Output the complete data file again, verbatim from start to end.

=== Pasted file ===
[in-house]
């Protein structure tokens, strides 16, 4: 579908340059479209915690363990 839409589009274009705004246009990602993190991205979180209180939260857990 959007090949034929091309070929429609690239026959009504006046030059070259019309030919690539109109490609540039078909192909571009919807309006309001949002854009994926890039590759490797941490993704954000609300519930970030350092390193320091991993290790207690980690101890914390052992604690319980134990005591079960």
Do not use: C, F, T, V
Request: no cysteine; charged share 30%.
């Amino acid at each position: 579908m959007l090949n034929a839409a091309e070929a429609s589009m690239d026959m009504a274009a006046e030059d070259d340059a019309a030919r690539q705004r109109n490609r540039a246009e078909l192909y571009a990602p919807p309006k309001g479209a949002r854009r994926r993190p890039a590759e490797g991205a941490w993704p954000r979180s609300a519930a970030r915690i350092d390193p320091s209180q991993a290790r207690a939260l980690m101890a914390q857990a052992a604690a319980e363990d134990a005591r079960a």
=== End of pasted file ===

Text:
[in-house]
């Protein structure tokens, strides 16, 4: 579908340059479209915690363990 839409589009274009705004246009990602993190991205979180209180939260857990 959007090949034929091309070929429609690239026959009504006046030059070259019309030919690539109109490609540039078909192909571009919807309006309001949002854009994926890039590759490797941490993704954000609300519930970030350092390193320091991993290790207690980690101890914390052992604690319980134990005591079960």
Do not use: C, F, T, V
Request: no cysteine; charged share 30%.
């Amino acid at each position: 579908m959007l090949n034929a839409a091309e070929a429609s589009m690239d026959m009504a274009a006046e030059d070259d340059a019309a030919r690539q705004r109109n490609r540039a246009e078909l192909y571009a990602p919807p309006k309001g479209a949002r854009r994926r993190p890039a590759e490797g991205a941490w993704p954000r979180s609300a519930a970030r915690i350092d390193p320091s209180q991993a290790r207690a939260l980690m101890a914390q857990a052992a604690a319980e363990d134990a005591r079960a």